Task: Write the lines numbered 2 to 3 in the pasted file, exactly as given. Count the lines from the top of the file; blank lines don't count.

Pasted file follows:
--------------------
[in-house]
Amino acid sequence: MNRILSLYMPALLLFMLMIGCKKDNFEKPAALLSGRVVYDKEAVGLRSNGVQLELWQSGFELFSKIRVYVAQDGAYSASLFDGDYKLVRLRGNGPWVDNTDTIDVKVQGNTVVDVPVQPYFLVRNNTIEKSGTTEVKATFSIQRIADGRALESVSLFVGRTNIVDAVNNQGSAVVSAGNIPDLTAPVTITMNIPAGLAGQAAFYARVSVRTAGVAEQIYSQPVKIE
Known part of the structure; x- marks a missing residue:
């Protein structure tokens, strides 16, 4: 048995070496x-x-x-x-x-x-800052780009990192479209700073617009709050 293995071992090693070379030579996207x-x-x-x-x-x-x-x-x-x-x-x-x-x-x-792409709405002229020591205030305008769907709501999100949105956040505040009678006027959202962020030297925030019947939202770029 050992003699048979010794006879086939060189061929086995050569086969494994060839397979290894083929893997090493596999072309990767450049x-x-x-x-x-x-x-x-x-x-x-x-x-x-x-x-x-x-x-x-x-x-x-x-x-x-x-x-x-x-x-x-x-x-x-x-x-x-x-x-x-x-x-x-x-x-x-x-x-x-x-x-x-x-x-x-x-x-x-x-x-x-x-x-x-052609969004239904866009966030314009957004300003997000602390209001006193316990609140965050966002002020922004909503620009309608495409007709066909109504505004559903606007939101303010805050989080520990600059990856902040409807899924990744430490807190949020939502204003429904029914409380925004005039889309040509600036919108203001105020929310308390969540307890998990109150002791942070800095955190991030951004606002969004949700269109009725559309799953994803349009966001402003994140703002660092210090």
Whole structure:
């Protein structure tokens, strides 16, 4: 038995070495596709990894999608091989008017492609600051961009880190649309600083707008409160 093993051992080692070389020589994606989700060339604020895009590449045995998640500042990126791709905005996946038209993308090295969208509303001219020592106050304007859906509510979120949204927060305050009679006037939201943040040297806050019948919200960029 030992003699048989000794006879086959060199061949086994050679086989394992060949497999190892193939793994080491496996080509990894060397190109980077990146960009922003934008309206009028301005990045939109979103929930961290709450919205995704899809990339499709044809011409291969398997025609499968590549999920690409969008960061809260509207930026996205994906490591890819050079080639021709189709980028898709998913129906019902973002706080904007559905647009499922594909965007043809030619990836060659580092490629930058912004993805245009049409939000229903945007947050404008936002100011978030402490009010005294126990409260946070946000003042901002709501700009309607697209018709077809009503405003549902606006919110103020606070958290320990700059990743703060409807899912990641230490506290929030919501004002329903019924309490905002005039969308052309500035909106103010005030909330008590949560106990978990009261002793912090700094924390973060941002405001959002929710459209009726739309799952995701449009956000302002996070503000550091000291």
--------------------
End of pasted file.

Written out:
Amino acid sequence: MNRILSLYMPALLLFMLMIGCKKDNFEKPAALLSGRVVYDKEAVGLRSNGVQLELWQSGFELFSKIRVYVAQDGAYSASLFDGDYKLVRLRGNGPWVDNTDTIDVKVQGNTVVDVPVQPYFLVRNNTIEKSGTTEVKATFSIQRIADGRALESVSLFVGRTNIVDAVNNQGSAVVSAGNIPDLTAPVTITMNIPAGLAGQAAFYARVSVRTAGVAEQIYSQPVKIE
Known part of the structure; x- marks a missing residue: